In June 1992, a twelve year old Canadian school girl, Severn Cullis-Suzuki, who had founded the Environmental Children’s Organization, spoke passionately to the delegates of the United Nations Conference on Environment and Development (the UN Earth Summit at Rio). With an innocence and emphasis that comes from being idealistic, she urged the delegates to pay attention to the deteriorating state of our fragile planet, and take immediate and collective action to arrest the wanton destruction of our earth’s eco-systems in the name of development. This young girl said that she was speaking on behalf of all future generations of children, and reminded everyone present that not only were they representatives of their respective nations, they were also the sons and daughters of other humans; and therefore had every reason to empathize with her appeal.
As one would expect, the young girl’s speech was greatly appreciated at the Summit, and all the 172 Government representatives in the audience, without exception, gave her a loud and thunderous ovation. (Severn who lives in Vancouver, continues her impactful work as a crusader for Mother Earth).
The terms ‘Sustainability’ and ‘Sustainable Development’ have become a part of the prevailing discourse for over four decades, especially in the context of human development. These terms acquired a new urgency after 1987, when the UNO’s World Commission on Environment and Development (WCED) released its path-breaking report entitled, “Our Common Future”. It was this report – released by the Chair of the WECD, Ms. Gro Harlem Brundtland – which suggested that sustainable development alone would enable meeting the [resource] needs of the present, without compromising the ability of future generations to meet their own needs.
What this report also highlighted was that human activity, with its conscious emphasis on improving people’s lot – and the concomitant exploitation of natural resources, hydrocarbons and the growing demand for food grains and fodder – could no longer be viewed as being independent of, or unconnected with, its myriad impacts on the environment. In fact, human life and its quality too depended on a wholesome environment. Therefore, anything done by humans within our planet’s diverse eco-systems is intrinsically inter-connected; and whatever humans do, does have an adverse impact on the environment and the flora and fauna. Humanity is impacted as well. It is a vicious cycle that has to be broken.
Improving the way people across the globe live, can therefore manifest only through a deep, abiding and collective concern for the environment, the way we use natural resources and energy, and not losing sight of the non-material things that keep us joyful and satisfied. In short, we have to consciously train ourselves to become life-affirming agents of beneficial change.
Businesses are counted as being among the larger drivers of beneficial economic and social change. At the same time, enterprises are also among the biggest users of natural resources – ranging from fossil fuels to timber, as well as fresh water and minerals. In the process of using our planet’s treasures, businesses have a major impact on the environment. Since all eco-systems are connected, and since humans need the environment to live, businesses have to be in the forefront of working sustainably, and in ways that are life-affirming. Ethical and responsible business leaders will have to consistently provide evidence to society to demonstrate that their enterprises are truly life-affirming.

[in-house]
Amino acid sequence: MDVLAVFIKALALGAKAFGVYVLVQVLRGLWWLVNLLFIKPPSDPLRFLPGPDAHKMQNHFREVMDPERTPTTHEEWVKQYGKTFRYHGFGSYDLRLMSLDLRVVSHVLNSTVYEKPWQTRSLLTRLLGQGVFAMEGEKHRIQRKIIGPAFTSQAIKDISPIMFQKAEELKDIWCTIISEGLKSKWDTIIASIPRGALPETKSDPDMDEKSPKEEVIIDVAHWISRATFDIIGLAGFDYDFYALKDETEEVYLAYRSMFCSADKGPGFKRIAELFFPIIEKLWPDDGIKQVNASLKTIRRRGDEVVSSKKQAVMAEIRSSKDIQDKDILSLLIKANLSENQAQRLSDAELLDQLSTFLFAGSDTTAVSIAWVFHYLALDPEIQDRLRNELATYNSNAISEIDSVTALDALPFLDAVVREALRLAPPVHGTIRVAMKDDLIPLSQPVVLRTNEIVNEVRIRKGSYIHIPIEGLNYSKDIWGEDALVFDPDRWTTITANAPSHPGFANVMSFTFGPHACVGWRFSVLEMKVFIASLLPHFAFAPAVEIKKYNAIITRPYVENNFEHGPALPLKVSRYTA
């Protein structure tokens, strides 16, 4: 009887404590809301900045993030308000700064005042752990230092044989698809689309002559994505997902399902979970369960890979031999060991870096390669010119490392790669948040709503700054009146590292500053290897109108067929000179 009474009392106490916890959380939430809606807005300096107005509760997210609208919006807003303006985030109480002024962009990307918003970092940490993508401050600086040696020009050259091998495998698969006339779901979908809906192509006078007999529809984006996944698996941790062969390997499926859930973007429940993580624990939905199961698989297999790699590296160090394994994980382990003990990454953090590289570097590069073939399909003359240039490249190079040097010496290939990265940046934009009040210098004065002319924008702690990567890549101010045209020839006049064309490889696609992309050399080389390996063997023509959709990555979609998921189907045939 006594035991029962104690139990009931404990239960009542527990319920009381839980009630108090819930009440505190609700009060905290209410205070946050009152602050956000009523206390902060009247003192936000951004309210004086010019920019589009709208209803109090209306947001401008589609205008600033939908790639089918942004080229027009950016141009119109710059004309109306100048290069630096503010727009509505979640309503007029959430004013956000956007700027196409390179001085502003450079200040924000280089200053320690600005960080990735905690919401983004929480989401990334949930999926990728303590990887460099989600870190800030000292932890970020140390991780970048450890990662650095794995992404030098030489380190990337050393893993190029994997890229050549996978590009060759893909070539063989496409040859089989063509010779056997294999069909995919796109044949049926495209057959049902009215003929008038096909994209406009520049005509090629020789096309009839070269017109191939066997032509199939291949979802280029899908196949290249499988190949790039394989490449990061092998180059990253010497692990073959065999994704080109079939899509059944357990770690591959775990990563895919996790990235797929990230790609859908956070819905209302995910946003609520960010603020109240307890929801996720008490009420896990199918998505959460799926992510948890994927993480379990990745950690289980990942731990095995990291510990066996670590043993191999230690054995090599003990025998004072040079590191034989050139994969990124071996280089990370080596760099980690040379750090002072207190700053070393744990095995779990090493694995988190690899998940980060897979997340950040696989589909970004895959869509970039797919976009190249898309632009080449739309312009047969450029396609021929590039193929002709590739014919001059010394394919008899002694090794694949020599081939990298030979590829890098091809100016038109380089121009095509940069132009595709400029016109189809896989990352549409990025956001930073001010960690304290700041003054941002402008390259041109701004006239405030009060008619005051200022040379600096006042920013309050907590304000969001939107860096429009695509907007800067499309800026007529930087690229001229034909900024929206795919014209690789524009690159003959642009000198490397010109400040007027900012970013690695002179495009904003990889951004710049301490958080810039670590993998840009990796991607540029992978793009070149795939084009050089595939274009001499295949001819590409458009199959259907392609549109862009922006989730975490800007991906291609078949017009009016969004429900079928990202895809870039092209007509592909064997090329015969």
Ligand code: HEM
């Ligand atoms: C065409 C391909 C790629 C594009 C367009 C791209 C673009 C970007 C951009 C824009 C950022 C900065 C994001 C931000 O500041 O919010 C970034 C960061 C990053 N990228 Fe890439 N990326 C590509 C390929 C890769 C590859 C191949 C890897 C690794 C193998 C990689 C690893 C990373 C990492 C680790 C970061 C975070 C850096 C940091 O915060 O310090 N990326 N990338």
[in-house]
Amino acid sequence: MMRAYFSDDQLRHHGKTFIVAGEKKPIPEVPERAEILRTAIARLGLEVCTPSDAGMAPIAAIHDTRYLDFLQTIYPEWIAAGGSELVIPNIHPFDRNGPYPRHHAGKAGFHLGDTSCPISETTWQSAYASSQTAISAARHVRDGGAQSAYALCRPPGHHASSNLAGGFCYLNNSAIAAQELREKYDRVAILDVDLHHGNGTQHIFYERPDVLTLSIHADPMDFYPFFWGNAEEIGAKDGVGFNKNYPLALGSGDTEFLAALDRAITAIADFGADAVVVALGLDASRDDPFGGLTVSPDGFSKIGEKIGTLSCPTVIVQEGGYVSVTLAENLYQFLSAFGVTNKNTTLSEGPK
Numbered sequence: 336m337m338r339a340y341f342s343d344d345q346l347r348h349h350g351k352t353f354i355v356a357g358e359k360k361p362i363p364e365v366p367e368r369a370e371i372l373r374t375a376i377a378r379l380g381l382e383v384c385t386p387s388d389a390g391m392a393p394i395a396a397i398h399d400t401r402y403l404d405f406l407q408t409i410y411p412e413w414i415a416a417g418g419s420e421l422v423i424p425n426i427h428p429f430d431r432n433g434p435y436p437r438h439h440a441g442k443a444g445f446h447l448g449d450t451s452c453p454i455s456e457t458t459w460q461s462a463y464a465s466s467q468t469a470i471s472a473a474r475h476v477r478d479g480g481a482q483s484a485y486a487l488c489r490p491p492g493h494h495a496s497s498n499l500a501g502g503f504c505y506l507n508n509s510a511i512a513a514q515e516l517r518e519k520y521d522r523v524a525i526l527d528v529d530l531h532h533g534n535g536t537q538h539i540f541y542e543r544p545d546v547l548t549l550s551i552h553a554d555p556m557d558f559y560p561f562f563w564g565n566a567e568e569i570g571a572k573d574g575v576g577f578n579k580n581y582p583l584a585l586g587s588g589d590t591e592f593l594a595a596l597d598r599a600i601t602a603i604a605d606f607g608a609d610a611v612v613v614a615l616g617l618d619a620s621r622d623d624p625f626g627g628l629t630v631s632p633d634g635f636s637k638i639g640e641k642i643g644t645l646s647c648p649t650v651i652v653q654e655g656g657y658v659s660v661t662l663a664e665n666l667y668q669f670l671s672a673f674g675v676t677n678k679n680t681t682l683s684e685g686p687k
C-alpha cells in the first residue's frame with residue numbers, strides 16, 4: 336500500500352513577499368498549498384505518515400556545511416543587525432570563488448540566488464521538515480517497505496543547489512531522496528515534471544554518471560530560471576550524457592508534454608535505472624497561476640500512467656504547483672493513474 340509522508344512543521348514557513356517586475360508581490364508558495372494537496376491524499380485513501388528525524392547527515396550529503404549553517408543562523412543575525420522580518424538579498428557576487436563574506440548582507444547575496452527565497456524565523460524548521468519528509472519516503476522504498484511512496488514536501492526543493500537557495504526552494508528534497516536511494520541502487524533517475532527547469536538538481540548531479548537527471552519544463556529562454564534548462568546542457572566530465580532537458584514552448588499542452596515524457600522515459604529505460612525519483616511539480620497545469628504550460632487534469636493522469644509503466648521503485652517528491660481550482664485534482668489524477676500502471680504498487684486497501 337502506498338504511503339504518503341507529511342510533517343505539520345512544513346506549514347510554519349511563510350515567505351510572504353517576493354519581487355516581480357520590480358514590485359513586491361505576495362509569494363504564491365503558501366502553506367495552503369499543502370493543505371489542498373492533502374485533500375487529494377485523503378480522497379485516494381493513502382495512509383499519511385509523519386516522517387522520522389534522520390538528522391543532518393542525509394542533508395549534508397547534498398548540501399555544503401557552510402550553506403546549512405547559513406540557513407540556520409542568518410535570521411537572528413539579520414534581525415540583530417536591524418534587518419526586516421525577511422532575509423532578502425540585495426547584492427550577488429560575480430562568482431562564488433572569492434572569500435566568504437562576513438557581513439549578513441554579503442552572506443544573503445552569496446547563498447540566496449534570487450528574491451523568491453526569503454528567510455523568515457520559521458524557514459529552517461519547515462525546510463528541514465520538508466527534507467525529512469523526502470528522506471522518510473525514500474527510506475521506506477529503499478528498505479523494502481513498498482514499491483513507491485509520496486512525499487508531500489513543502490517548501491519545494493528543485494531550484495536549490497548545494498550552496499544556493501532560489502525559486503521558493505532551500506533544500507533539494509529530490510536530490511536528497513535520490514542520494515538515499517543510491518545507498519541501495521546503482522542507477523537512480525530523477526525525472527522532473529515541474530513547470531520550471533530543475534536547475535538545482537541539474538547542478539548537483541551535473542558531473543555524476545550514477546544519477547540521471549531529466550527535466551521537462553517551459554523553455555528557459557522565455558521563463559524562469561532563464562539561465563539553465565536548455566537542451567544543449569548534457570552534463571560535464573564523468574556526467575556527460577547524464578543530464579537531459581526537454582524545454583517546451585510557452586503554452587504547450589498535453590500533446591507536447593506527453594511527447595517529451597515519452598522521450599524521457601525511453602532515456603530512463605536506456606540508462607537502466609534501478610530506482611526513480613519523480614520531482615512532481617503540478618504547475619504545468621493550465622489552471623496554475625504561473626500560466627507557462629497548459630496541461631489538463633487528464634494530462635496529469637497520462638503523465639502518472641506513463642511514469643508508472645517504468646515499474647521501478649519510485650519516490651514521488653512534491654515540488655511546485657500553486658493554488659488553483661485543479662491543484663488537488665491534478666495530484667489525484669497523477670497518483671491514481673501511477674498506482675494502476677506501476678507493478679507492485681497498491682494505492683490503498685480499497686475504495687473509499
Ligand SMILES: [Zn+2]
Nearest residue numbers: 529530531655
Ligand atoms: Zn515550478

The challenge of business leaders therefore is to run their enterprises in ways that uphold and inter-twine the four fundamental, life-affirming pillars of sustainable development. These are: (1) Environmental sustainability (2) Social Justice, which prevents discrimination; depriving some people or nations of their rights to use natural resources or the fruits of industry, equitably, (3) Spiritual well-being, or focusing on those important “inner needs” of human life that go beyond the material. Needs such as love, compassion, freedom, forgiveness, dignity, safety and security, and (4) the Economic well-being of all stakeholders, not just the shareholders of enterprise.
To ensure that there is convergence of the four pillars, even as a business pursues its goals, the organization needs to take into account its overall impact on the environment, on society and communities. It then needs to commit to a system of governance that ensures that the right culture and key processes are firmly in place, and yield appropriate mitigating decisions and actions. When potential adverse impacts are mapped, and the firm consciously chooses to create processes that balance the aspirations of its diverse stakeholders in a life-affirming manner, many such negative aspects are eliminated or reduced significantly.
The goal of sustainable development therefore, cannot be equated with mere economic development. Instead, all of its four elements have to be ‘designed into’ the organizational processes; and the most influential leaders within the enterprise have to constantly give life-affirming business primacy of attention; and lead by action, while consistently ‘walking the sustainability talk’.
What about you? Are you a life-affirming leader of beneficial change?